Trigger warning for talk of rape
Preface the victim’s open letter about the sexual abuse she suffered at the hands of her father with a statement saying that he deserves the presumption of innocence. Always approach situations like this with the thought that the victim might be lying; remind yourself and others that the burden of proof is on her.
Insist on referring to the victim as the rapist’s “adopted daughter,” as if that mitigates what he has done. Using subtle language cues like this, imply that though it might be rape, it’s not really incest because the the rapist is not the victim’s biological father. Pretend that adoptive parents somehow feel differently about their children than biological parents do.
Like the Academy of Motion Picture Arts and Sciences, insist on your ability to differentiate between an artist and their art. As a spokesperson for the organization said, “The Academy honors achievement in film, not the personal lives of filmmakers and artists.” Tell yourself that many great artists have been problematic – for example, Picasso was an abusive womanizer, but you can still enjoy his paintings – and that a person’s behaviour should not influence whether or not we view their art as great. Perhaps you could even take this a step further and insist to yourself that a perpetrator of such violence could never make such wonderful art. Let the rapist’s popularly beloved films stand as a sort of character witness, proving that there is no way he could ever have harmed his own child.
If you have worked closely with the rapist, take a page from Cate Blanchett’s book and distance yourself from the accusations, pretend that it has nothing to do with you. Tell yourself that it’s a private family matter; your willingness to be friends with the rapist is certainly not a public statement either condoning his actions or dismissing the victim’s accusations. Make a statement similar to Blanchett’s, something like: “It’s obviously been a long and painful situation for the family and I hope they find some resolution and peace.” This type of conflict is not at all convenient for your career or the image you’re trying to build for yourself.
Blame everything on the only parent the rape victim is able to love and trust. Accuse her of being the truly abusive parent; say that she was and is crazy with jealousy. Insist that she orchestrated the entire thing as an elaborate revenge plot. Paint the rapist as a victim who has had his relationship with his children destroyed by their monster of a mother. Pretend to be sympathetic to the victim, the poor girl whose mother has planted terrible ideas in her head. After all, this certainly worked for Woody Allen and his lawyer, who issued a statement saying: “It is tragic that after 20 years a story engineered by a vengeful lover resurfaces after it was fully vetted and rejected by independent authorities. The one to blame for Dylan’s distress is neither Dylan nor Woody Allen.”
Write a lengthy article about how we don’t know the other side, the rapist’s side, of the story. Construct an elaborate argument explaining why the victim is a liar, knowing or not. Use a multitude of circumstantial evidence not even a little bit directly related to the actual assault described by the victim to discredit her. For example, insinuate that the victim’s mother is a hypocrite because she testified on Roman Polanski’s behalf when he was accused of rape; pretend that that has any bearing on whether or not Woody Allen raped his daughter. Using every anecdote and half-truth that comes your way to cast doubt in your readers’ minds. This won’t be hard; they are looking for a reason, any reason, to doubt anyway.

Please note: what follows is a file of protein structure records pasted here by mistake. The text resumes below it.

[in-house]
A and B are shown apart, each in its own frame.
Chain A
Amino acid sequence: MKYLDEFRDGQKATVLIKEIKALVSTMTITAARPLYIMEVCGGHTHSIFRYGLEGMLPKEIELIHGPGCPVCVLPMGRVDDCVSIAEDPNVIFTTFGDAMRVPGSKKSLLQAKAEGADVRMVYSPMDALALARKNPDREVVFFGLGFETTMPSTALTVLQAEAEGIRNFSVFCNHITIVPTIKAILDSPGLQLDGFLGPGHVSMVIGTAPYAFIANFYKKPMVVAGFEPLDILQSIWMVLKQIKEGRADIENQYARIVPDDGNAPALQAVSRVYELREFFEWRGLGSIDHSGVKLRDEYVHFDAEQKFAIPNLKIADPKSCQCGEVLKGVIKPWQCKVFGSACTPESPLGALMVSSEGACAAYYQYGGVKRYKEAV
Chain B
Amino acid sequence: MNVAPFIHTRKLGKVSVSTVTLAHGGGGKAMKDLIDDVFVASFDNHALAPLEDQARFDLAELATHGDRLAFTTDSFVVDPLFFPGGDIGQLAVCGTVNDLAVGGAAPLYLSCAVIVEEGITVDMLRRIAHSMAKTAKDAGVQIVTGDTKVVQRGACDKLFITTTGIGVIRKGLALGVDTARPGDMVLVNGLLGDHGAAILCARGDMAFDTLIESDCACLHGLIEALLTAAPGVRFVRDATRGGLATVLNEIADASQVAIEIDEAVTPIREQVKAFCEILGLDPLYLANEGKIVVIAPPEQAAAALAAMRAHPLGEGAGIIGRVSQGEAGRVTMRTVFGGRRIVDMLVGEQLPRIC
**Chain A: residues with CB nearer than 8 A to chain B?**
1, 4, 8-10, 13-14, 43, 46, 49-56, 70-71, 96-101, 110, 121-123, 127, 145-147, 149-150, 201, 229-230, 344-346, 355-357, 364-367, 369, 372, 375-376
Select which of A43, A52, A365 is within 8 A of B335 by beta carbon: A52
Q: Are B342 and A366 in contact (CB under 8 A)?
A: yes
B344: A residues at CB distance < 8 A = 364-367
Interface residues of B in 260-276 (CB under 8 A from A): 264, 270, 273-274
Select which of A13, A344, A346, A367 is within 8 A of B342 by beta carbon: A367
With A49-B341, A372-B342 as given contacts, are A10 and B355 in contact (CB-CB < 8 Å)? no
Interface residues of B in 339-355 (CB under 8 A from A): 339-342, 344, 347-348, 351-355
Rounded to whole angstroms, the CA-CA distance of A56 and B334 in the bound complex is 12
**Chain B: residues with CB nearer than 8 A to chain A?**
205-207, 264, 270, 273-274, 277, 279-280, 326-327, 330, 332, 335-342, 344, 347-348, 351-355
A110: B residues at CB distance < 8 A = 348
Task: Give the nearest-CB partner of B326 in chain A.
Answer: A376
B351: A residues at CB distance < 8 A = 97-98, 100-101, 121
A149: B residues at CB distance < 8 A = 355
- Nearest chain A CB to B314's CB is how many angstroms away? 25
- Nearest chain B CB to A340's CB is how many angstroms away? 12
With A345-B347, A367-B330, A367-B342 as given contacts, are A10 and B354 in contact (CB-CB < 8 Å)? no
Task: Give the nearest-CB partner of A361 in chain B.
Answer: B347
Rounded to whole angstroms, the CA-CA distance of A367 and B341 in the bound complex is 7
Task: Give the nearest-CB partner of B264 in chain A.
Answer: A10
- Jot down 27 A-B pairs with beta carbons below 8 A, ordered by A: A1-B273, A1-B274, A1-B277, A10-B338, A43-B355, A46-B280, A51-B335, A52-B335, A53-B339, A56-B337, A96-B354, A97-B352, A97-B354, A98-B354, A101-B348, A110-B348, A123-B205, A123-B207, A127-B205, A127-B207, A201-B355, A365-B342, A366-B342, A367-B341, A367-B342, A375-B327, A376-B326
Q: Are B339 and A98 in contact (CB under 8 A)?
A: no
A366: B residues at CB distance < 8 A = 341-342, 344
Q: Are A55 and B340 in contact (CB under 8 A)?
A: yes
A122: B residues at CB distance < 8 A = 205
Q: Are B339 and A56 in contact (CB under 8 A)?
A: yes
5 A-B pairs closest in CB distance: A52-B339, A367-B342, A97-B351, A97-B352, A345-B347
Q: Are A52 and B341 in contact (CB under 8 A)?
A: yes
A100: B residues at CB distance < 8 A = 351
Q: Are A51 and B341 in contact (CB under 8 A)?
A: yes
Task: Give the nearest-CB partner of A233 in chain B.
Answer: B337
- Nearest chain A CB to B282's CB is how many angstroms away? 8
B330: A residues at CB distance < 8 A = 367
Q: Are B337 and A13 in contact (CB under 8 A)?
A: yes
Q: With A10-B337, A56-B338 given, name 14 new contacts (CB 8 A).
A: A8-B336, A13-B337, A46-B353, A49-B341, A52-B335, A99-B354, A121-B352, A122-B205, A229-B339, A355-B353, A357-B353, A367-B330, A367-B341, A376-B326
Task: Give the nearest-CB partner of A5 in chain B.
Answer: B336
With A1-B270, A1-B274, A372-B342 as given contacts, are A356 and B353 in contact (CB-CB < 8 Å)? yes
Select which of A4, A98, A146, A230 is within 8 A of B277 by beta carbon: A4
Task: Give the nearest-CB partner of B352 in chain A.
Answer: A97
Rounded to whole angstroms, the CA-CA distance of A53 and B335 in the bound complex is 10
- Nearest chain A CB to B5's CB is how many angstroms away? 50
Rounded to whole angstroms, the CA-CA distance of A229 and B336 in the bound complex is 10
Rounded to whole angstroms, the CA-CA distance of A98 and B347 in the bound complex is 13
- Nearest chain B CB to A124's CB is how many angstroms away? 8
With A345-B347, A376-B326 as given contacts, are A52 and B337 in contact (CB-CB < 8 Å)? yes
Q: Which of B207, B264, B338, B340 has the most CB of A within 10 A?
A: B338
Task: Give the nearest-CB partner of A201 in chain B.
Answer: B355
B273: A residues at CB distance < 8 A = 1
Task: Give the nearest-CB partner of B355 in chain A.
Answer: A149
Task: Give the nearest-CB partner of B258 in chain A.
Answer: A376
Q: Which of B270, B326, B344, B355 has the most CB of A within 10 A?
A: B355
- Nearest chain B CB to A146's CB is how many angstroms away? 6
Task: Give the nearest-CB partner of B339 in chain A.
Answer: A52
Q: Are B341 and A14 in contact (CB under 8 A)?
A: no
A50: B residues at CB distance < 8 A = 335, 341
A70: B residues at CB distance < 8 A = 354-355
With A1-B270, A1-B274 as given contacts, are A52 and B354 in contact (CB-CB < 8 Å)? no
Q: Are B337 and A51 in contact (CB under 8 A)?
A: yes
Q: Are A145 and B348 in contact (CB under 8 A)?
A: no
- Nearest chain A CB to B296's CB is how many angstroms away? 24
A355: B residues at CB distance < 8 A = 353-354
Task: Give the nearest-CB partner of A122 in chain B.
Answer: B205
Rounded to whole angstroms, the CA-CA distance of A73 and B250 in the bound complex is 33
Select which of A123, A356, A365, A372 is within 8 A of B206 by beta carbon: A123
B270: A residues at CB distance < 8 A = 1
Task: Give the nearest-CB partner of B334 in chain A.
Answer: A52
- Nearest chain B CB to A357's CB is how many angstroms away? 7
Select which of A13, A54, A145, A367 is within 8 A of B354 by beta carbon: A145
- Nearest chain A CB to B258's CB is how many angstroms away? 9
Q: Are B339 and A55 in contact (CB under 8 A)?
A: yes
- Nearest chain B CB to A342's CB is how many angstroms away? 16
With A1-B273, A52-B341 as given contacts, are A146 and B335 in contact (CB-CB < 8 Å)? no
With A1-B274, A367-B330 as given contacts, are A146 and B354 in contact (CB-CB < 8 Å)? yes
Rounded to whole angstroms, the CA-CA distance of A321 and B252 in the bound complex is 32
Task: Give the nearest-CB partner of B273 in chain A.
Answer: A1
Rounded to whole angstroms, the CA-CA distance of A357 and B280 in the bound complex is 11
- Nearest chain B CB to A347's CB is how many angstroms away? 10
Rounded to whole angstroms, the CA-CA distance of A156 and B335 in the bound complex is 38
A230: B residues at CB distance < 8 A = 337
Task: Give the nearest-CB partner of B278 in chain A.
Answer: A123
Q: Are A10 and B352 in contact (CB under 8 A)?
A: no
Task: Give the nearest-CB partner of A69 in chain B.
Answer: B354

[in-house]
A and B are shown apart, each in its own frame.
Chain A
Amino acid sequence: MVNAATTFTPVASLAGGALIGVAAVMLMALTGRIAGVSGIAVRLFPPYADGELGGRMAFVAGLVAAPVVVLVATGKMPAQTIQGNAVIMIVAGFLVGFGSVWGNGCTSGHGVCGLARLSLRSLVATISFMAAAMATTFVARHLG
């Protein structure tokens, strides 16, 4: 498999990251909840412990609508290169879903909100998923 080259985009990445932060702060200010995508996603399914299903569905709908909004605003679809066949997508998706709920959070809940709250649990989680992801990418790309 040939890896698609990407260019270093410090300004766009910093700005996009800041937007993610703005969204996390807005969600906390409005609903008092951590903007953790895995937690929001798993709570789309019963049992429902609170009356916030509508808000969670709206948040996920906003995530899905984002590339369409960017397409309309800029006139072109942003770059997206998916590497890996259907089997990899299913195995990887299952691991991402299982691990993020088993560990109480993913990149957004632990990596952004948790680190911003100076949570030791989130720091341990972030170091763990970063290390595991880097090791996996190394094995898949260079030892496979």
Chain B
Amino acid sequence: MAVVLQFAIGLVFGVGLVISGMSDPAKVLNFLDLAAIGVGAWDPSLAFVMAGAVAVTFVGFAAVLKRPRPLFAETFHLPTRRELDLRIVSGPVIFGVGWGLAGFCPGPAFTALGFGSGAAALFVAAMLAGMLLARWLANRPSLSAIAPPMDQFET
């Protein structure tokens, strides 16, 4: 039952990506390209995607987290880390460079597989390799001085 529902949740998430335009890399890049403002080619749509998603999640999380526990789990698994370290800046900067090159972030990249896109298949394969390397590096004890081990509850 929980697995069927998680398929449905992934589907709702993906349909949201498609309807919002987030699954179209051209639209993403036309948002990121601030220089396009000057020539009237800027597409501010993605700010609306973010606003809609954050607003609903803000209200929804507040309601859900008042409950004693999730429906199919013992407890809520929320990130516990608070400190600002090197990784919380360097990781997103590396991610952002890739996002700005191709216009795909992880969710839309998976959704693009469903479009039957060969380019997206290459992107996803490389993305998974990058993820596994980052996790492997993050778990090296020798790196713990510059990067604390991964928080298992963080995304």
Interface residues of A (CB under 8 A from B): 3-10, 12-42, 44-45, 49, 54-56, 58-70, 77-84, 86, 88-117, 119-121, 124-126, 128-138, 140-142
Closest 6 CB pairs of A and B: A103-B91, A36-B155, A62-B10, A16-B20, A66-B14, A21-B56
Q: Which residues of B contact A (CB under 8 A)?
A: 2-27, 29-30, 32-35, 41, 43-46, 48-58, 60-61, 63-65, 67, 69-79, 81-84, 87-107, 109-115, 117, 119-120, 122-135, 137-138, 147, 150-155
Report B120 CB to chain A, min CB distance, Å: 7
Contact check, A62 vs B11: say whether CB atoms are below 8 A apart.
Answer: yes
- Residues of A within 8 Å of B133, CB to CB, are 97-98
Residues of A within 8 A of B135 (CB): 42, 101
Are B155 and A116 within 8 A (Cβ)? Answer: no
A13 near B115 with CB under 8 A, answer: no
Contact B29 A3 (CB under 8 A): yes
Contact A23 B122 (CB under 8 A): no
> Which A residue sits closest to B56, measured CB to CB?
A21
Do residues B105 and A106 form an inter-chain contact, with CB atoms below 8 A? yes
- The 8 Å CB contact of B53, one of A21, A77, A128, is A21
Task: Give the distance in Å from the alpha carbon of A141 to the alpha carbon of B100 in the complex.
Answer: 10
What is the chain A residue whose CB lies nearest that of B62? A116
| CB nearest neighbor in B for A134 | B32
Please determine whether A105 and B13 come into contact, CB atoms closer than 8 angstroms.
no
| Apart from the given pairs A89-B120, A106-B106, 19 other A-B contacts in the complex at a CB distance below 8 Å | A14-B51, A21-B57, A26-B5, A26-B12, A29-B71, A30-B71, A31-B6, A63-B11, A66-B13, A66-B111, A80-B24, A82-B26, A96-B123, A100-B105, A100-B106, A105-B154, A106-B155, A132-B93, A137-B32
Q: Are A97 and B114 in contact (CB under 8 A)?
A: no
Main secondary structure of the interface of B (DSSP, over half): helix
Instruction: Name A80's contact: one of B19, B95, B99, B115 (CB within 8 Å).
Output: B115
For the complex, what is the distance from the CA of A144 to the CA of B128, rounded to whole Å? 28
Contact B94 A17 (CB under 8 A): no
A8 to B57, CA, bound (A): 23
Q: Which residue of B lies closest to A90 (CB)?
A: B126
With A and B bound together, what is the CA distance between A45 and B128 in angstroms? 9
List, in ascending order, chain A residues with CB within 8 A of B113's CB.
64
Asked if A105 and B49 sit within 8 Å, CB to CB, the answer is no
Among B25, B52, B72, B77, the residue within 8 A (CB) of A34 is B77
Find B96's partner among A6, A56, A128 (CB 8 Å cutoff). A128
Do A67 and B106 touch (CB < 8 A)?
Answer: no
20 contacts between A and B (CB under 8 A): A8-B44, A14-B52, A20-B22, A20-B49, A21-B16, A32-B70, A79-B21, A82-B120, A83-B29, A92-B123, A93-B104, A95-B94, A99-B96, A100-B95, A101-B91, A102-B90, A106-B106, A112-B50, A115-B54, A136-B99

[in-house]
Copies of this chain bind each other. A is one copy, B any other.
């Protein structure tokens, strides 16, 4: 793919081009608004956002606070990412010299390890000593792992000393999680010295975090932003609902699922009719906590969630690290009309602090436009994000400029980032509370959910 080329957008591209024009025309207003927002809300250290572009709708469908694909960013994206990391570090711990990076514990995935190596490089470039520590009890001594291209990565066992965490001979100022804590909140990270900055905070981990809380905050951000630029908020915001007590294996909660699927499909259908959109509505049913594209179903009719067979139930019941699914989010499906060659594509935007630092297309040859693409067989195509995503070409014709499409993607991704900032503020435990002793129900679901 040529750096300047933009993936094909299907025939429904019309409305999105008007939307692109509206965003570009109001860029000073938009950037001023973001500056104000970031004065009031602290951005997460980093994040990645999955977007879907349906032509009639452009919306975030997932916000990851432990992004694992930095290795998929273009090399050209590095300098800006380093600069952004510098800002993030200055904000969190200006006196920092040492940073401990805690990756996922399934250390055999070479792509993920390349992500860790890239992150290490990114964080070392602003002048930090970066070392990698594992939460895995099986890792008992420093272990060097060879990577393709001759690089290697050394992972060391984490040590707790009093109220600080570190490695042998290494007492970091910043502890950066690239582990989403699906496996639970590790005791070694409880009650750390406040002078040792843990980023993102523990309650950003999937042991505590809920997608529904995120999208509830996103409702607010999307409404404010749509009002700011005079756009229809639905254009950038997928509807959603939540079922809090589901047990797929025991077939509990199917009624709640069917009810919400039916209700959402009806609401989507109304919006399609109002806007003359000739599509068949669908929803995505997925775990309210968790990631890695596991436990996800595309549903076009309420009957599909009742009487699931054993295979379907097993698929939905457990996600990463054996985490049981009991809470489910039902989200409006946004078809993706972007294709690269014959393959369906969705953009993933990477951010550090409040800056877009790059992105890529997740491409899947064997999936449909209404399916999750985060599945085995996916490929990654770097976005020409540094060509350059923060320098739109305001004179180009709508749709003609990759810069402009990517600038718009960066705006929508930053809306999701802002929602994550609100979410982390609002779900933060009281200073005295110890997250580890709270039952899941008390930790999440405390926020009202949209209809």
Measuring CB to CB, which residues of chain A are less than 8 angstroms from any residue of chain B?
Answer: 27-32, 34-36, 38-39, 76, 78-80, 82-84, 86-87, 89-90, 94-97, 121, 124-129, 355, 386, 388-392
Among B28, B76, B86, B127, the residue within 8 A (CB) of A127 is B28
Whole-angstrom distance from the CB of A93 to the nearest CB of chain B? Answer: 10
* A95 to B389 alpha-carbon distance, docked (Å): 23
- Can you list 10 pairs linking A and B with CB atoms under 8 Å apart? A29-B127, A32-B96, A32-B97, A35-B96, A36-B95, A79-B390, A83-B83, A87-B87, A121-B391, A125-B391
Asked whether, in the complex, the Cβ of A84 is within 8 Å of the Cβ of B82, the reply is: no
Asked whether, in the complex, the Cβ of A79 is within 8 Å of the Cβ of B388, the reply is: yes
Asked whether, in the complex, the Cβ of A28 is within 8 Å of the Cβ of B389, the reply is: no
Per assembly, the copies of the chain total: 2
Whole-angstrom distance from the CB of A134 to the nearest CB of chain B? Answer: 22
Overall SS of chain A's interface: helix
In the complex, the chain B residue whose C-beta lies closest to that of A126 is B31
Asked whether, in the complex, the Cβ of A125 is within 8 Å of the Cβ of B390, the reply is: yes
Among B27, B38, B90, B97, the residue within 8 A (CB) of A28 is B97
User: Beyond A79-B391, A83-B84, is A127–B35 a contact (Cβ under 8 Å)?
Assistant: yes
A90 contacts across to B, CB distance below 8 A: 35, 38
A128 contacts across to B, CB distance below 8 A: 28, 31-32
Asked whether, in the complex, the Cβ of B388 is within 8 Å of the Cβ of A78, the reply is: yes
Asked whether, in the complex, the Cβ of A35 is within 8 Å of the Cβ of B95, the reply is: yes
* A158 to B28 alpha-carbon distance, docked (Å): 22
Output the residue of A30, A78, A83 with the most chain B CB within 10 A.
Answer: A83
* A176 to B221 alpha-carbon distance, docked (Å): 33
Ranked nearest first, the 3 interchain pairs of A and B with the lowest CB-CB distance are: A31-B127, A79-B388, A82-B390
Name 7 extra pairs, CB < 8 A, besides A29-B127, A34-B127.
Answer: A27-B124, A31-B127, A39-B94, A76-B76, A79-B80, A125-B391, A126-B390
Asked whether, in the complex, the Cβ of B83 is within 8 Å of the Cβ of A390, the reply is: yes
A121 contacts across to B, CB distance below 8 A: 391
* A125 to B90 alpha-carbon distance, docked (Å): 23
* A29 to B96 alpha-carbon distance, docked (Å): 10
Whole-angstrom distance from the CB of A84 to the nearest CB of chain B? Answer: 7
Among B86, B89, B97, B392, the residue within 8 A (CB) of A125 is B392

Or, like Diane Keaton, you could refuse to issue a statement, hide your head in the sand, and hope that this will all blow over.
Do not treat the victim as if they are a person with agency and thoughts and feelings – instead, treat them as an intellectual exercise, their life a puzzle to be solved, their words an argument to be defeated. Do not imagine yourself in their place, what it must be like to write a letter about the abuse they’ve suffered at their rich and powerful father’s hands. Do not try to think about what it must be like to have the entirety of the Hollywood machine working against you, swaying the minds of the population against what you are saying. Do not picture the anguish you might feel at seeing scores upon scores of people trying to discredit you, trying to trip you up, trying to defend the man who raped you, the man they all love so very much.
Do not think about the message that this, your willingness to doubt, is sending to all of the people you know who have also been victims of rape. They almost certainly number far more than you know, but try not to think about how your reaction might further convince them that sharing their story will only be met with derision and disbelief.
Tell yourself that this is not rape culture. Tell yourself that a knee-jerk reaction of you must be lying or remembering it wrong when faced with a victim’s accusations of rape is not a sign that our society is so very, very fucked up. Tell yourself that it’s rational and logical to want to know all sides of the story, though you never want to know the other side, the perpetrator’s side, when your house is broken into or your wallet is stolen or your child is hit by a car. Tell yourself that we can never know for sure what happened and since a man’s life can be destroyed by accusations of rape, it’s best to err on the side of caution. Do not think about the girl whose life was destroyed when she was seven.
Above all, never, ever, ever think about the ways that you might be complicit in this.
I stand with Dylan Farrow.